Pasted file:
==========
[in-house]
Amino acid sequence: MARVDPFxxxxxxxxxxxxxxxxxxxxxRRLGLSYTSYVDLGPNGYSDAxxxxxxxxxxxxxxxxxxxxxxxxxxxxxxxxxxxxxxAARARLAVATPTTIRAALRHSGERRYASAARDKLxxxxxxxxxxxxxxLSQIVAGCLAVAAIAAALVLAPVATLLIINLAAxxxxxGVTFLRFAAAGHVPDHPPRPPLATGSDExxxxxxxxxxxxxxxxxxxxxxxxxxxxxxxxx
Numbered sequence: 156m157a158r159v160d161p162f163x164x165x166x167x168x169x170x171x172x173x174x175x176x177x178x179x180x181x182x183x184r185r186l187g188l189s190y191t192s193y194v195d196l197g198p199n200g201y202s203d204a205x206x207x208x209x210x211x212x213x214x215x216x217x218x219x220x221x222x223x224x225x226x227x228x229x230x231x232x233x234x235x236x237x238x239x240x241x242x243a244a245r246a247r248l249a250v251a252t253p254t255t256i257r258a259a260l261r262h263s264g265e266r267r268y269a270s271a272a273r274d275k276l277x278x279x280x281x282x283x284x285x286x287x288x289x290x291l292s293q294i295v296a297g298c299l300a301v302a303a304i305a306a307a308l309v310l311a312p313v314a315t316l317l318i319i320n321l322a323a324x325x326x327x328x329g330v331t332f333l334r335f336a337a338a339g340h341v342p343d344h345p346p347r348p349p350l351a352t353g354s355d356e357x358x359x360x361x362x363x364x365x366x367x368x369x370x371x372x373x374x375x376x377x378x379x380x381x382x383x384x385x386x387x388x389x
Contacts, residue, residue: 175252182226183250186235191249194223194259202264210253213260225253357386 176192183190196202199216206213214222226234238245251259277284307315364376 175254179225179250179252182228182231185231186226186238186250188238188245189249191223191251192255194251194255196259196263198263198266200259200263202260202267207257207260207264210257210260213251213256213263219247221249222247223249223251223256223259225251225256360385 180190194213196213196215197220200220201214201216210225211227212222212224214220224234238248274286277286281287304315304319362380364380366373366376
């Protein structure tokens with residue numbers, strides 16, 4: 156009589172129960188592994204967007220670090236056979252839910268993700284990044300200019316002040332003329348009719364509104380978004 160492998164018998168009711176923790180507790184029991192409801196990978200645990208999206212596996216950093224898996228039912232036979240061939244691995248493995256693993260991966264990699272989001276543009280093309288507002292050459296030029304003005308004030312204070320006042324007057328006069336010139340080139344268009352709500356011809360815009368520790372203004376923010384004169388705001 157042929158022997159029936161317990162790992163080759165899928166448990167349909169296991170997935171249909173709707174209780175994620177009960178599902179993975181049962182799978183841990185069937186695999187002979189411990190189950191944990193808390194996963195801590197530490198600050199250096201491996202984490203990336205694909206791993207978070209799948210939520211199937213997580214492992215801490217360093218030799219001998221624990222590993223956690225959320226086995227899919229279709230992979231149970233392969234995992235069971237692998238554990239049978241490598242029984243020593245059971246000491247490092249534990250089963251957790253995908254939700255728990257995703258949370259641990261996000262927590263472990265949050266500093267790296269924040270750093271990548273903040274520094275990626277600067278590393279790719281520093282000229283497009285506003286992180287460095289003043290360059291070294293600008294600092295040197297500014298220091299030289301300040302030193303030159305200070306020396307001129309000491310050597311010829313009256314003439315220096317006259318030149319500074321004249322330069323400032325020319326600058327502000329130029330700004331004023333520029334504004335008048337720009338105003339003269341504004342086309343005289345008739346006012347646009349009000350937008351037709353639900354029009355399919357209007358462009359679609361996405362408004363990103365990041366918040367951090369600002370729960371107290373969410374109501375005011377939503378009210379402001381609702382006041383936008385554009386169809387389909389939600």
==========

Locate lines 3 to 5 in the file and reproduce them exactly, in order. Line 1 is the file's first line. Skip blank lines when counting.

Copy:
Numbered sequence: 156m157a158r159v160d161p162f163x164x165x166x167x168x169x170x171x172x173x174x175x176x177x178x179x180x181x182x183x184r185r186l187g188l189s190y191t192s193y194v195d196l197g198p199n200g201y202s203d204a205x206x207x208x209x210x211x212x213x214x215x216x217x218x219x220x221x222x223x224x225x226x227x228x229x230x231x232x233x234x235x236x237x238x239x240x241x242x243a244a245r246a247r248l249a250v251a252t253p254t255t256i257r258a259a260l261r262h263s264g265e266r267r268y269a270s271a272a273r274d275k276l277x278x279x280x281x282x283x284x285x286x287x288x289x290x291l292s293q294i295v296a297g298c299l300a301v302a303a304i305a306a307a308l309v310l311a312p313v314a315t316l317l318i319i320n321l322a323a324x325x326x327x328x329g330v331t332f333l334r335f336a337a338a339g340h341v342p343d344h345p346p347r348p349p350l351a352t353g354s355d356e357x358x359x360x361x362x363x364x365x366x367x368x369x370x371x372x373x374x375x376x377x378x379x380x381x382x383x384x385x386x387x388x389x
Contacts, residue, residue: 175252182226183250186235191249194223194259202264210253213260225253357386 176192183190196202199216206213214222226234238245251259277284307315364376 175254179225179250179252182228182231185231186226186238186250188238188245189249191223191251192255194251194255196259196263198263198266200259200263202260202267207257207260207264210257210260213251213256213263219247221249222247223249223251223256223259225251225256360385 180190194213196213196215197220200220201214201216210225211227212222212224214220224234238248274286277286281287304315304319362380364380366373366376
């Protein structure tokens with residue numbers, strides 16, 4: 156009589172129960188592994204967007220670090236056979252839910268993700284990044300200019316002040332003329348009719364509104380978004 160492998164018998168009711176923790180507790184029991192409801196990978200645990208999206212596996216950093224898996228039912232036979240061939244691995248493995256693993260991966264990699272989001276543009280093309288507002292050459296030029304003005308004030312204070320006042324007057328006069336010139340080139344268009352709500356011809360815009368520790372203004376923010384004169388705001 157042929158022997159029936161317990162790992163080759165899928166448990167349909169296991170997935171249909173709707174209780175994620177009960178599902179993975181049962182799978183841990185069937186695999187002979189411990190189950191944990193808390194996963195801590197530490198600050199250096201491996202984490203990336205694909206791993207978070209799948210939520211199937213997580214492992215801490217360093218030799219001998221624990222590993223956690225959320226086995227899919229279709230992979231149970233392969234995992235069971237692998238554990239049978241490598242029984243020593245059971246000491247490092249534990250089963251957790253995908254939700255728990257995703258949370259641990261996000262927590263472990265949050266500093267790296269924040270750093271990548273903040274520094275990626277600067278590393279790719281520093282000229283497009285506003286992180287460095289003043290360059291070294293600008294600092295040197297500014298220091299030289301300040302030193303030159305200070306020396307001129309000491310050597311010829313009256314003439315220096317006259318030149319500074321004249322330069323400032325020319326600058327502000329130029330700004331004023333520029334504004335008048337720009338105003339003269341504004342086309343005289345008739346006012347646009349009000350937008351037709353639900354029009355399919357209007358462009359679609361996405362408004363990103365990041366918040367951090369600002370729960371107290373969410374109501375005011377939503378009210379402001381609702382006041383936008385554009386169809387389909389939600």